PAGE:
The state is spending almost $4 million with a contractor to set up and administer a new private school tax credit program. That’s four times what the Oklahoma Tax Commission estimated in the spring when lawmakers were finalizing the policy.
The Parental Choice Tax Credit sets up a refundable income tax credit of up to $7,500 per child for private school expenses. Lawmakers capped the overall cost of the program at $150 million in tax year 2024, rising to $250 million in tax year 2026. More than 32,000 students are in private elementary or secondary schools in Oklahoma.
Merit International Inc. will be responsible for working with schools and parents to educate them on claiming the tax credits. The application process will use Merit’s software platform. The company will train Tax Commission employees and school representatives to use the software.
The Tax Commission said it chose Merit because it had experience setting up similar educational programs in other states. It also faced a compressed timeline for implementation of House Bill 1934. The commission has a one-year, $3.95 million contract with Merit, agency spokeswoman Emily Haxton said in an Oct. 31 email.
That expense is far beyond initial estimates. The Tax Commission estimated it would take $1 million in administrative costs in the current fiscal year to set up the program, according to a fiscal impact statement the agency provided lawmakers in May. It estimated another $706,000 in administrative costs for fiscal year 2025.
Daniel Seitz, a spokesman for House Speaker Charles McCall, R-Atoka, said lawmakers appropriated $1 million to the Tax Commission for administrative costs. Any costs above that would have to be absorbed by the agency’s budget, Seitz said. They would not come out of the cap available for the private school tax credits.
Tax commissioners discussed the contract at their Sept. 12 meeting. Haxton said discussions are ongoing to see if the Tax Commission would be reimbursed for the agency portion of the contract.
Sen. Julia Kirt, D-Oklahoma City, said she remains concerned about transparency, fraud and accountability under the private school tax credit program.
“Are we going to have any view into this vendor on who’s authorizing them and how they’re authorizing them?” Kirt said. “There’s nothing in the legislation requiring a release of data other than the number of credits. I have big concerns about a third-party vendor and how they’re going to be held accountable. Will data be accessible through open records? Tax Commission data is generally not unless specifically authorized.”
Merit has contracts with Ohio and Kansas to administer education-related tax credits, vouchers and educational savings accounts. The Ohio Department of Education paid Merit $2.25 million in fiscal year 2023 to administer an educational savings account program for after-school activities, according to Ohio purchasing documents.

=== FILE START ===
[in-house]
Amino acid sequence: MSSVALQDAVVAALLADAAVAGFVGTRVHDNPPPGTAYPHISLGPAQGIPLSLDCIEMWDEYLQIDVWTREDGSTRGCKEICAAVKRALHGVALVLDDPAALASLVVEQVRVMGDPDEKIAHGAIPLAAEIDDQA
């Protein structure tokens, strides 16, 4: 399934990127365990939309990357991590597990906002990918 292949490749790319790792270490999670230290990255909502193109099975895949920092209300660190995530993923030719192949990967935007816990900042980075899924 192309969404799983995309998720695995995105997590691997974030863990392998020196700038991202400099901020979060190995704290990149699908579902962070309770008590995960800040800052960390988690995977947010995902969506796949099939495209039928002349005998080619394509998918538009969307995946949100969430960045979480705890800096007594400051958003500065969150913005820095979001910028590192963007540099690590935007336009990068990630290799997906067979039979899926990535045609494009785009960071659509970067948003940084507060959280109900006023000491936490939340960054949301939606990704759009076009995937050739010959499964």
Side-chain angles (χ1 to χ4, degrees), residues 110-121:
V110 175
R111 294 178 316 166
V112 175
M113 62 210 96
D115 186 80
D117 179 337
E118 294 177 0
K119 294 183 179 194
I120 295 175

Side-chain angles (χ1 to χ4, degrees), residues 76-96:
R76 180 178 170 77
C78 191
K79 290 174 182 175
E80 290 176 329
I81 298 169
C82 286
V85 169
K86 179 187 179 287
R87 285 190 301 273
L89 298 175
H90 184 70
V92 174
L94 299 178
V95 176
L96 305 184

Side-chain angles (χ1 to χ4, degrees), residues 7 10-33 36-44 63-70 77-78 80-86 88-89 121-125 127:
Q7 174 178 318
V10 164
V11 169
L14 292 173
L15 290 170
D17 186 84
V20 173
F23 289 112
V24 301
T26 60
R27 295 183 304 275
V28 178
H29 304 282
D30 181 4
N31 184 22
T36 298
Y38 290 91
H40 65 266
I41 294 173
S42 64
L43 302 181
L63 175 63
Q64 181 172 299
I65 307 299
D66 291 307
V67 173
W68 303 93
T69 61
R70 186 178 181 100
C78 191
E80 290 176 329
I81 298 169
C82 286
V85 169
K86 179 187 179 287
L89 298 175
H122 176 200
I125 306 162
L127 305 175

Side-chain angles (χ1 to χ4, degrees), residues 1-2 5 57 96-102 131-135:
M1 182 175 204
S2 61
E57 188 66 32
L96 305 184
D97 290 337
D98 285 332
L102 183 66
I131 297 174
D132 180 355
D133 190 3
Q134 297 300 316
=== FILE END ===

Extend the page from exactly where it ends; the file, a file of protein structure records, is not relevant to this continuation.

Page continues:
Merit’s contract with the Oklahoma Tax Commission wasn’t bid out in a full purchasing proposal. Instead, the Tax Commission picked Merit from a list of approved contractors compiled by the Oklahoma Management and Enterprise Services under a statewide contract for IT deliverable-based services, Haxton said.
“Merit’s pricing structure is cost-effective and considers the judicious use of public funds,” the company said in its statement of work to the Tax Commission. “Merit delivers ‘Software with a Service’ (SwaS), not just software. This means our team will work to ensure program success, even as the goals evolve.”
The Tax Commission approved emergency rules for the private school tax credit program at its Oct. 24 meeting after receiving hundreds of public comments. Many commenters were concerned about the mismatch between taking the credit for a tax year, which mirrors the calendar year, and the school year. Commissioners recognized the problem but said the Legislature would have to resolve that issue.
“Throughout the process, we were trying to simplify the taxpayer experience and simplify the school experience, while still maintaining an adequate level of controls in place to make sure the money gets to where it needs to go to,” the agency’s executive director, Doug Linehan, told commissioners.
Another state vendor, PCG Scholar, administers the Lindsey Nicole Henry Scholarship, a voucher program for students with disabilities or other special needs. Lawmakers created that program in 2010, but it faced legal hurdles before reaching full implementation. The State Department of Education oversees the Lindsey Nicole Henry program, which served more than 1,350 students in the 2022-23 school year, according to the Education Department.
Paul Monies has been a reporter with Oklahoma Watch since 2017 and covers state agencies and public health. Contact him at (571) 319-3289 or firstname.lastname@example.org. Follow him on Twitter @pmonies.